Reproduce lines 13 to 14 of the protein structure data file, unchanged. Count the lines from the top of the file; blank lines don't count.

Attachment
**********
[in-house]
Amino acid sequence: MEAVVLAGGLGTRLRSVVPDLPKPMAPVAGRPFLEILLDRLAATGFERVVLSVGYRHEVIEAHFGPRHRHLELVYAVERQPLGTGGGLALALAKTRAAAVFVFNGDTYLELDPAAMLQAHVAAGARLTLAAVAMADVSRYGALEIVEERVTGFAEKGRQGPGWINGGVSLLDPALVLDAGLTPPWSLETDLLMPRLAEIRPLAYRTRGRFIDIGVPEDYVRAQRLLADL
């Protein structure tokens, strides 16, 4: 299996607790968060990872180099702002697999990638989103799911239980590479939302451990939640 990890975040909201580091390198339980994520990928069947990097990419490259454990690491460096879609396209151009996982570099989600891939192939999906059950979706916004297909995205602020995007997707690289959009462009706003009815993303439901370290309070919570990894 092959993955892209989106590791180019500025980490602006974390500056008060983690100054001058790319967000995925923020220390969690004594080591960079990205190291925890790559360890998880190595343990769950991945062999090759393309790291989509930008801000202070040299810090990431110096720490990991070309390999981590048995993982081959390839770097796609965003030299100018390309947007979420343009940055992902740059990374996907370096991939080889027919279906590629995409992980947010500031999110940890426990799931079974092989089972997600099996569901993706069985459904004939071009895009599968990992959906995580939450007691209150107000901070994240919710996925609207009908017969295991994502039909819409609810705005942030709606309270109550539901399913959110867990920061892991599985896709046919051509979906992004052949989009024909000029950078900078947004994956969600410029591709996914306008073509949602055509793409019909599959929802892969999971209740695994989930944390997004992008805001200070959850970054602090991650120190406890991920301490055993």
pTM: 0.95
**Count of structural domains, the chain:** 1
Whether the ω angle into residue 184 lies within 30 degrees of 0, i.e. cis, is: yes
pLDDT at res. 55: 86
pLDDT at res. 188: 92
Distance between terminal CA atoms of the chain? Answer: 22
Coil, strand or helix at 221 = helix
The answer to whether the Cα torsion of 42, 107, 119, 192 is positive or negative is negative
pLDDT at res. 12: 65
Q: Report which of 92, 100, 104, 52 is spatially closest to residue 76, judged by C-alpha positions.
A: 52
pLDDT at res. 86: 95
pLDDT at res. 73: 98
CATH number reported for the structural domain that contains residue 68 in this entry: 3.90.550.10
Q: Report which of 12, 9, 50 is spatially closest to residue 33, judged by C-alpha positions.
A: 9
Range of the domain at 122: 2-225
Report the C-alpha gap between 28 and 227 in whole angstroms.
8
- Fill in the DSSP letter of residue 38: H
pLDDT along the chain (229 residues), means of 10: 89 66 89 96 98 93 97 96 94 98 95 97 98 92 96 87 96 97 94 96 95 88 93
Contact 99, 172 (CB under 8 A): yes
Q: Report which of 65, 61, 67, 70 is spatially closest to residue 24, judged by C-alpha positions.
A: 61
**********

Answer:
Q: Report which of 92, 100, 104, 52 is spatially closest to residue 76, judged by C-alpha positions.
A: 52